Wednesday, August 29, 2018

Mayor Mulls Dtown Hless Recs

By Sarah Owens and Michael Livingston

Tuesday, August 7, Willamette Wakeup spoke with Mayor Bennett about his impressions of the Downtown Homeless Solutions Task Force's process, and what's to be done with its recommendations.  Here is some of what he had to say.

[Asked about his impressions of the last meeting of the DHSTF]  What I saw, I’ve been to two of them now, I thought the task force took on a very, very difficult problem.  Remember, this grew out of the discussion of having a sit-lie ordinance that had been proposed by the police department, which would have given them a little more leverage as they work with the homeless downtown, and was advocated, too often privately, by downtown business people who are reluctant to come out and publicly state their opinion.

This [the task force] brought together some of the more outspoken business folks, and some advocates, and some of the service providers, gave them a chance to really talk about this.  I thought there were some really interesting outcomes.

[Note: the "business folks" on the task force consisted of Al Tandy, Salem Summit; Angie Onyewuchi, Travel Salem; Christy Wood, Runaway Art Studio; Brad Compton, Pioneer Trust Bank; Dana Vugveteen, Salem Center; Evan Delgado, Governor's Cup; Gayle Doty, McGilchrist Building owner; Irene Bernards, Travel Salem; Sandy Powell, Olivia's; Tyler Jackson, Jackson Jewelers]

["Assess codes" recommendation] They really skipped the proposal that was brought about camping.  We do have, this isn't sit lie, this is like somebody pitches a tent in front of somebody’s business and lives there kind of full time.  I think there was some interest in that from what I could tell.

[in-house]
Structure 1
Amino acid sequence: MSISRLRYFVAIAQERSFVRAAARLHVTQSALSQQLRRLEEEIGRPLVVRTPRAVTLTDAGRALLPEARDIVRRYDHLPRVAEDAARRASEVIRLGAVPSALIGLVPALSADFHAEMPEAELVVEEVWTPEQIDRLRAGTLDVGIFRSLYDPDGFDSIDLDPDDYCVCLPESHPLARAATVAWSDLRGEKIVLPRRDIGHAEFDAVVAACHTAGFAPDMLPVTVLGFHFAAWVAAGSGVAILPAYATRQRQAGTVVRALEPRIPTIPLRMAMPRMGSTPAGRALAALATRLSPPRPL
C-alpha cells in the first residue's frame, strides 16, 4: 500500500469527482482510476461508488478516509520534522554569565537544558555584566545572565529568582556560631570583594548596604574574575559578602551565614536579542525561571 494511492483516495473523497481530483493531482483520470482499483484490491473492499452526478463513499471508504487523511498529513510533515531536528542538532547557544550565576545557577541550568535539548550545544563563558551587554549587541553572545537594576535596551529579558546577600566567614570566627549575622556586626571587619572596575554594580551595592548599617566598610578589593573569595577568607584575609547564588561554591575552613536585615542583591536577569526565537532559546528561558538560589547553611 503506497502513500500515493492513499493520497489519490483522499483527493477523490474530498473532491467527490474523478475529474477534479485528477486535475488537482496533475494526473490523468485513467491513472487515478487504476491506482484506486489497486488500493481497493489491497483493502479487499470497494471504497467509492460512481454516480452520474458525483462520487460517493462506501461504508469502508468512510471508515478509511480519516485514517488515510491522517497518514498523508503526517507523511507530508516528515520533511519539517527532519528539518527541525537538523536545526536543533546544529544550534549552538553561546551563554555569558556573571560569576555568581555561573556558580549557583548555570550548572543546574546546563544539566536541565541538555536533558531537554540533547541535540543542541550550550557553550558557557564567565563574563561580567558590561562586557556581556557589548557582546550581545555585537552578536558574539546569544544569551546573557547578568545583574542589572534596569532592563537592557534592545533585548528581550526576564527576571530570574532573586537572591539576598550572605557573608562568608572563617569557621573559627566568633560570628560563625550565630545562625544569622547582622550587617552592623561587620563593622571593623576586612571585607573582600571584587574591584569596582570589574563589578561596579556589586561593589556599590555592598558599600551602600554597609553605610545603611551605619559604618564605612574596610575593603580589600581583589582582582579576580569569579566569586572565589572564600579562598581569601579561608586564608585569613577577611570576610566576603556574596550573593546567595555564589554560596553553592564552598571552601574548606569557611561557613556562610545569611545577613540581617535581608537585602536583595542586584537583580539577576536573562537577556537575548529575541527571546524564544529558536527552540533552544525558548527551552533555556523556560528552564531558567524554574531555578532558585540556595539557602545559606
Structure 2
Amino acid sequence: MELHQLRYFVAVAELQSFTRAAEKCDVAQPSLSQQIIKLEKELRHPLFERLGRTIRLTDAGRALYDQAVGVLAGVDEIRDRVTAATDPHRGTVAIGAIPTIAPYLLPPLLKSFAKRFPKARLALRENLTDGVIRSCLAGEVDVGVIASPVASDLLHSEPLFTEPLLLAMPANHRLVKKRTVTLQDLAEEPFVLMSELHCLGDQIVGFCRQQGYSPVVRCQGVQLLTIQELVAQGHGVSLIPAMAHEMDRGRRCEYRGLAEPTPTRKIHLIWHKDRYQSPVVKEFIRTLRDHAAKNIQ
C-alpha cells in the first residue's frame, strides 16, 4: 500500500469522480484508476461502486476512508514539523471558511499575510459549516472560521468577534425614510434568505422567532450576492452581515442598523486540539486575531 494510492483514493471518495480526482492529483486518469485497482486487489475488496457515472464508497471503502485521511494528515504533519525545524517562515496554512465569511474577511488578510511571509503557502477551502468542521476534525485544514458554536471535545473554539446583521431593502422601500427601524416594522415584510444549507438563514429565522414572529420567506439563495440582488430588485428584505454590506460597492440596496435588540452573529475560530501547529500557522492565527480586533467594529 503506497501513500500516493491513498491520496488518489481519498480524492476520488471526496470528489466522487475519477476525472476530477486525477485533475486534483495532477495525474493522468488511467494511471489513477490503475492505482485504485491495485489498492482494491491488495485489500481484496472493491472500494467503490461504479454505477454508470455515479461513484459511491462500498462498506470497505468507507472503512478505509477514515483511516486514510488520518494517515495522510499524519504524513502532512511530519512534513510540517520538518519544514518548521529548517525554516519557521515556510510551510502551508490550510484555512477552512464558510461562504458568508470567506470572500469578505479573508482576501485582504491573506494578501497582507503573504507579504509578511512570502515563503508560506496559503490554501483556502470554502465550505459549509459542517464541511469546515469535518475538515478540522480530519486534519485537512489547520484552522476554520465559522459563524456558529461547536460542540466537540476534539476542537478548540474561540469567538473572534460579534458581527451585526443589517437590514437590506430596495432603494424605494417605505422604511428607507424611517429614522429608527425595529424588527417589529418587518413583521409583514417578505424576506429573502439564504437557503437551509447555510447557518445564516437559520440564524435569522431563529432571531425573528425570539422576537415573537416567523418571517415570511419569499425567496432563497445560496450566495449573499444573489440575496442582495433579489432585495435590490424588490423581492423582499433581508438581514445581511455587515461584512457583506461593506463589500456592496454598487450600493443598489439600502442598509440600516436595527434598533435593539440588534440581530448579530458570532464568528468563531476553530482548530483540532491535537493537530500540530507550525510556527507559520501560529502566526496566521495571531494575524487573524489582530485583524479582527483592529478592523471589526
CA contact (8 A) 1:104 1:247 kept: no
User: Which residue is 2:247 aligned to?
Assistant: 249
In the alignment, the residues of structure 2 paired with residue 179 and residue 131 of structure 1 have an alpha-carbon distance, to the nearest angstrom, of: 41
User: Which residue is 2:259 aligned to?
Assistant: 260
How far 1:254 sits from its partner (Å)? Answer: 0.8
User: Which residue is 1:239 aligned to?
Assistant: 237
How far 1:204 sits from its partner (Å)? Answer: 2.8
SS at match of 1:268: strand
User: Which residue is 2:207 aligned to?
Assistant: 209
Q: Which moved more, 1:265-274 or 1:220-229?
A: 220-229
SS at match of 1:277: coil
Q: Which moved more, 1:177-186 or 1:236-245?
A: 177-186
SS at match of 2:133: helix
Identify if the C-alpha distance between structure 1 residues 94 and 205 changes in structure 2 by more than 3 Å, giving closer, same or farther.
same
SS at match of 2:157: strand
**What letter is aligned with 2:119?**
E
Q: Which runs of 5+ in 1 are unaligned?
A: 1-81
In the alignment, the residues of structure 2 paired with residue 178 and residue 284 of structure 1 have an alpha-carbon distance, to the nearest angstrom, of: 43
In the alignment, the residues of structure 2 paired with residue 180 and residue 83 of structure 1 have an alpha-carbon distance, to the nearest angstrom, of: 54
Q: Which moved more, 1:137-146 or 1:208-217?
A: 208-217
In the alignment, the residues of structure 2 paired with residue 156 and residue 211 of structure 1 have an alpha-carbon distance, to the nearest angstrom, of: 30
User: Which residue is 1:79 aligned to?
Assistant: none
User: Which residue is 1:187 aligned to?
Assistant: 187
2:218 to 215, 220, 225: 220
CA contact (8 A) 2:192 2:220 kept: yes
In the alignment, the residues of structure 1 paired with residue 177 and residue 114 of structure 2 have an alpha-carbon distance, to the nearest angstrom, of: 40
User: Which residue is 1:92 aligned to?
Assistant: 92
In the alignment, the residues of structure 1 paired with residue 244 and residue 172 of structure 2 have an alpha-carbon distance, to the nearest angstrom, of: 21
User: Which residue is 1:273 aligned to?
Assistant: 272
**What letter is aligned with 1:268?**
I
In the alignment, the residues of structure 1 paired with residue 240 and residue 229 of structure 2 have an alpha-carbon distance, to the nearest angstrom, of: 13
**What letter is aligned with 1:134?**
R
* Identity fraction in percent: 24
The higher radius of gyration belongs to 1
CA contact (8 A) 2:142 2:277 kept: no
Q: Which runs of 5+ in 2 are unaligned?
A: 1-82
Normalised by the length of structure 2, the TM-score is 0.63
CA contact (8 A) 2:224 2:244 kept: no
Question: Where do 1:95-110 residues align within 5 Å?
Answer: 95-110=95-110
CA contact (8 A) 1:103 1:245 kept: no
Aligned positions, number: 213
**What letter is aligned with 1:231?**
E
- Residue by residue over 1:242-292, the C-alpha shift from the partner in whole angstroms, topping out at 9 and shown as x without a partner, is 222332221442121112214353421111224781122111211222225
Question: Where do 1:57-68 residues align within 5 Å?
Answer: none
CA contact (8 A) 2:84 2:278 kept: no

[Note: the Task Force was advised to focus on the draft recommendations, which were part of a 10-page document drafted by staff, and leave the "options" to be "vetted out later", presumably by City Council.  The proposed camping ban was an "option" under the "assess codes" recommendation.  The Mayor did not comment the fact that the task force combined the "assess codes" recommendation with a recommendation to form a "Downtown Good Neighbor Partnership."]

Options vs Recommendations

[After hours toilets recommendation] But it did bring kind of into sharper focus the real need for restrooms, public restrooms downtown, and in this case, when you talk 24/7 public restrooms, you’re talking about the needs of, in some cases, the homeless, uh, residents, you know, visitors, residents, whatever downtown, the need for a place.

[Note: in March 2014, Mayor Anna Peterson's "Safe Streets and Parks Task Force" discussed the need for after hours toilets (see the last document here).  In July 2015, City staff issued a report on the status of "After Hours Parks Restrooms Closures" in response to a proposal from businesses and non-profits to provide 24/7 chemical toilets.  On August 31, 2015, the City Council held a work session titled, "Public Restrooms and Regulating Conduct in the Right of Way" (public restrooms are covered between 00:27 to 00:57, and right of way conduct [aka "panhandling"] is covered between 00:57 to 01:24).]